Huntington's Chorea: Evolution and Genetic Disease
How is it possible that such a devastating genetic disease is so common in some populations? Shouldn't natural selection remove genetic defects from human populations? Research on the evolutionary genetics of this disease suggests that there are two main reasons for the persistence of Huntington's in human populations: mutation coupled with weak selection.
The diagram at left shows how the Huntington's allele is passed down. Since it is the dominant allele, individuals with just one parent with Huntingtons's chorea have a 50-50 chance of developing the disease themselves.
If a mutation ends up inserting extra CAGs into the Huntington's gene, new Huntington's alleles may be created. Of course it's also possible for a mutation to remove CAGs. But research suggests that for Huntington's, mutation is biased; additions of CAGs are more likely than losses of CAGs.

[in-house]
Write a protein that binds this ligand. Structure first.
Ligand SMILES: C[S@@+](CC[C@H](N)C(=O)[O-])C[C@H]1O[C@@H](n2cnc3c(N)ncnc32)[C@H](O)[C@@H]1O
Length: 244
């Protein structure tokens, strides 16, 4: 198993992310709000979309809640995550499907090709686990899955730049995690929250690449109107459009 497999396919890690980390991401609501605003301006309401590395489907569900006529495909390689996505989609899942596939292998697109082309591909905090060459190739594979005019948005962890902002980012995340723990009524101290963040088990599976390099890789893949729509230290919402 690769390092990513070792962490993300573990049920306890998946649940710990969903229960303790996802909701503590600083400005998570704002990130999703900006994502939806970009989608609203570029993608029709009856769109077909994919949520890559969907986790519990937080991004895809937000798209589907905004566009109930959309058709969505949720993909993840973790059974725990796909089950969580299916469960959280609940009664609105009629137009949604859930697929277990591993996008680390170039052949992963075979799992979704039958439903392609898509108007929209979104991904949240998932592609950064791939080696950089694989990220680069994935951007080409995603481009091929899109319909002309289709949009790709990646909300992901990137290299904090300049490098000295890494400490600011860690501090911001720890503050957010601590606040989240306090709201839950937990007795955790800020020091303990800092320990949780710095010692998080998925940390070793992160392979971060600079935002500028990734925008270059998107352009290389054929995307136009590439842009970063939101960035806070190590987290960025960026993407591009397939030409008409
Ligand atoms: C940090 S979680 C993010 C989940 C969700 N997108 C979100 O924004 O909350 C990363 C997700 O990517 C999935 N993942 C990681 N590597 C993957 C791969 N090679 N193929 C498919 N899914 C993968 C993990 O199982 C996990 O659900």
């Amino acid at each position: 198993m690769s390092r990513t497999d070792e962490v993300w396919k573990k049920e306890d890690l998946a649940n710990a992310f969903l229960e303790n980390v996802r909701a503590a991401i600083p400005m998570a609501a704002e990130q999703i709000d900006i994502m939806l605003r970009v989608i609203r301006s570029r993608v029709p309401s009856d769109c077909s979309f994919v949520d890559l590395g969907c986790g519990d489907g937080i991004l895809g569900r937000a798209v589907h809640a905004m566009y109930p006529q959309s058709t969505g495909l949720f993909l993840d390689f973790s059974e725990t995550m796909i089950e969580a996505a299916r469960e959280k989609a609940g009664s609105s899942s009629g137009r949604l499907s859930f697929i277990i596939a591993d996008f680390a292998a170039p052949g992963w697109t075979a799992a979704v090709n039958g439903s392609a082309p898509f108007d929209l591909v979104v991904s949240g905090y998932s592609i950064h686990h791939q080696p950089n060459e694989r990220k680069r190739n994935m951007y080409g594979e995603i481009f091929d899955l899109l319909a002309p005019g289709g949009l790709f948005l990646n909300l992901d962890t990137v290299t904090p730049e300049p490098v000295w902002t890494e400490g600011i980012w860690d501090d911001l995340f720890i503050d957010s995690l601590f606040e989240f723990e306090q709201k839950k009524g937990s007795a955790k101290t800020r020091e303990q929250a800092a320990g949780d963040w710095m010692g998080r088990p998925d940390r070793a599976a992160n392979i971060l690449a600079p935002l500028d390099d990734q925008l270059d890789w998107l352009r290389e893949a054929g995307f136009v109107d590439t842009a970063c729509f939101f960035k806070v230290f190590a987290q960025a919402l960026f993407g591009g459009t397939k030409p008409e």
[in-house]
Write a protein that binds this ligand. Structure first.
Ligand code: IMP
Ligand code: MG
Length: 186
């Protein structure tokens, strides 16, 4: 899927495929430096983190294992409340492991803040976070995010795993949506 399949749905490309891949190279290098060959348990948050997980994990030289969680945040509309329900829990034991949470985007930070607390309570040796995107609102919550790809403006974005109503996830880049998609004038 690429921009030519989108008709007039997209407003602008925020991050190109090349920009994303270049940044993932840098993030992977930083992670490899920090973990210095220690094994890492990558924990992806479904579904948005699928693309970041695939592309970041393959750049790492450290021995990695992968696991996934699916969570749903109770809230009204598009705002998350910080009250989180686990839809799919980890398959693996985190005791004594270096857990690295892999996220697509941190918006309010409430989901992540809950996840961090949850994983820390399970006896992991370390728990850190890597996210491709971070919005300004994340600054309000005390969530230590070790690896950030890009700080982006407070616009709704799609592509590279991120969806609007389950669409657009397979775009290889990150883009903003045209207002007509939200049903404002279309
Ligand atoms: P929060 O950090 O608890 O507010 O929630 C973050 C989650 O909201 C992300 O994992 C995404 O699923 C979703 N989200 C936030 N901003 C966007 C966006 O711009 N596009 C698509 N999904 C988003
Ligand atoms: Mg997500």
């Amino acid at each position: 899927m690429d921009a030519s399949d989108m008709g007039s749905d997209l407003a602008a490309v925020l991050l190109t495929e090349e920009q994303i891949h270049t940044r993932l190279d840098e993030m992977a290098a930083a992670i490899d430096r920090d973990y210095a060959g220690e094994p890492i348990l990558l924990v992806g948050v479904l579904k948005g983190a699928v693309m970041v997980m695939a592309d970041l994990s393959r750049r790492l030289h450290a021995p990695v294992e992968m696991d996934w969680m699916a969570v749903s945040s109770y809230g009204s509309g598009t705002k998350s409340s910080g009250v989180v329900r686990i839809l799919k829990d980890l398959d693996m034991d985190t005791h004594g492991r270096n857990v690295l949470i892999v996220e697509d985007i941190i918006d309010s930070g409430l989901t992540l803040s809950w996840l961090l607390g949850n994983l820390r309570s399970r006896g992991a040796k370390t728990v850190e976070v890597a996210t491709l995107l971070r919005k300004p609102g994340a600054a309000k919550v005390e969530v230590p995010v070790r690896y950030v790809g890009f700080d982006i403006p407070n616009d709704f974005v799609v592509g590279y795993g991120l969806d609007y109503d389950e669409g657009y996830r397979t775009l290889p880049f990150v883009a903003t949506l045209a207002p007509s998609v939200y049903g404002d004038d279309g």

Today, genetic testing can identify people who carry a Huntington's allele long before the onset of the disease and before they have made their reproductive choices. The genetic test that identifies the Huntington's allele works sort of like DNA fingerprinting. A DNA sample is copied and cut into pieces. The pieces are then spread out on a gel (see right). The banding pattern can tell researchers whether a person carries an allele that is likely to cause Huntington's.
Having this information could allow people to make more-informed reproductive decisions. For example, at Lake Maracaibo, researchers and health workers have tried to make contraception available to the local population so that they can make reproductive choices based on their own family history with the disease. But whatever people eventually decide to do with this knowledge, a deep understanding of the disease would not be possible without the historical perspective offered by evolution.
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1A Tale of Pain and Hope on Lake Maracaibo (int'l edition), Business Week Online. May 29, 2000.
Photo of Venezuelan familiy © 1983 by Steve Uzzell; Dr. Wexler photo © 1986 by Steve Uzzell
Understanding Evolution © 2016 by The University of California Museum of Paleontology, Berkeley, and the Regents of the University of California